For the past four years we have been collaborating with Le ThéâtredelaCité (formerly Théâtre national de Toulouse) in France and the Théâtre National Wallonie-Bruxelles in Belgium alongside schools in London, Toulouse and Brussels. Working closely with teachers and playwrights as well as the students in all three countries to explore in various ways ‘what kind of world we live in’. The project had a very simple objective at its heart, to encourage and inspire teenagers to be curious about both the world around them and how they might write that world in such a way as to connect with their peers across borders. Having recently presented the students’ short plays we’re inspired and encouraged by how important dialogue with Europe was to them all.
‘it was [a] thoroughly enjoyable experience learning about French culture and their values and ideologies.’
Boundless Dialogue Student Writer
Boundless Dialogue was conceived as a way of exchanging the ideas and opinions of teenagers in a meaningful way across borders. The project has straddled a lot of political change, of course BREXIT but also more local shifts in political landscapes. The students have sent each other objects that symbolise their culture, their home and the cities they live in. The teachers and theatre staff have met regularly to debate how we tell stories, what new ways of engaging teenagers in theatre are needed and how we work in translation. The playwrights and translators have masterfully enabled the creation of bold visions of the world that young adults live in and then ensured that these ideas are expressed accurately in French and English.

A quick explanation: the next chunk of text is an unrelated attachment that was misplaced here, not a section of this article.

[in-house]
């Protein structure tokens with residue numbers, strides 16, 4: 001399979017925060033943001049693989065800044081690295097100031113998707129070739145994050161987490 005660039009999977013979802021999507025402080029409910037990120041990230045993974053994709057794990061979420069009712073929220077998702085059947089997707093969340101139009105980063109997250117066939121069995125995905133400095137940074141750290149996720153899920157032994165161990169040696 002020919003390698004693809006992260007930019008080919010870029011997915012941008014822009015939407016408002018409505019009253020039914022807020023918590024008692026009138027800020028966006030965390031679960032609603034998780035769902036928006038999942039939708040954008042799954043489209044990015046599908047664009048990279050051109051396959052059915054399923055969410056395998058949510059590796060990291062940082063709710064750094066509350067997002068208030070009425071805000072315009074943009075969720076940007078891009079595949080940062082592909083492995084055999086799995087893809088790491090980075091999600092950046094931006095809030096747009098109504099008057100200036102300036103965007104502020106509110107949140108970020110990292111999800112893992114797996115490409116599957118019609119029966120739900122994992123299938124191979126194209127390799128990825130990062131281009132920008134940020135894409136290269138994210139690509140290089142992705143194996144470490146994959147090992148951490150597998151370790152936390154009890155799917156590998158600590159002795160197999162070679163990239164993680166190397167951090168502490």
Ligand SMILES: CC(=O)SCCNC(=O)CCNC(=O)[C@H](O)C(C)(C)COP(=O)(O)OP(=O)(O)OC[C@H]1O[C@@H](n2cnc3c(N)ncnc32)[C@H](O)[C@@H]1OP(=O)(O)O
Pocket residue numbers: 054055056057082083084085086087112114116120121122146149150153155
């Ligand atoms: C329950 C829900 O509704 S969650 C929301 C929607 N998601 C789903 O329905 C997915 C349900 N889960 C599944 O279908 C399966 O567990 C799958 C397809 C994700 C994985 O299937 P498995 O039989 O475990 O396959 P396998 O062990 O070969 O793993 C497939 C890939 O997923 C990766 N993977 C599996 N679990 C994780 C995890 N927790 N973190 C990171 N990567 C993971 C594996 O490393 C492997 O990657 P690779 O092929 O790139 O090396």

Through all of this has been an unspoken commitment to the importance of listening, sometimes provoking and always acting with generosity to those whose culture we sit outside of. We’ve been humbled by the subtle nuances of cultural difference and we’ve been challenged by attitudes that don’t match our own. Often it has been the adults who have had the issues, whereas the teenagers displayed a genuine curiosity and appetite to get to know their peers in cities other than their own. The culmination of the project and the production of short plays a powerful legacy of the importance of telling stories.
As we take stock here at Boundless on the future of our own international work, including working with more European partners on Extended Universe we are keen to come up with new ways to bridge divides and reach across borders. We are struck by the hunger teenagers have to making real connections across borders and it is this that motivates us to build ever more innovative projects. Despite the hyper-connected world we all live in, it feels more important than ever to exchange stories, share ideas and collaborate with those who may be close neighbours or more distantly located. We hope to do just that in the years to come and to remain in dialogue with young adults around the world.
Students from two London schools have worked with playwrights to write new plays about the world they live in, which have then been translated and exchanged with partner schools in Toulouse and Brussels.
On July 8th, 2019 at Southwark Playhouse, London, the students performed their plays in English and French.
Working cross-curriculum in French and Drama classes, Boundless Dialogue celebrates the exchange of ideas between teenagers across borders.
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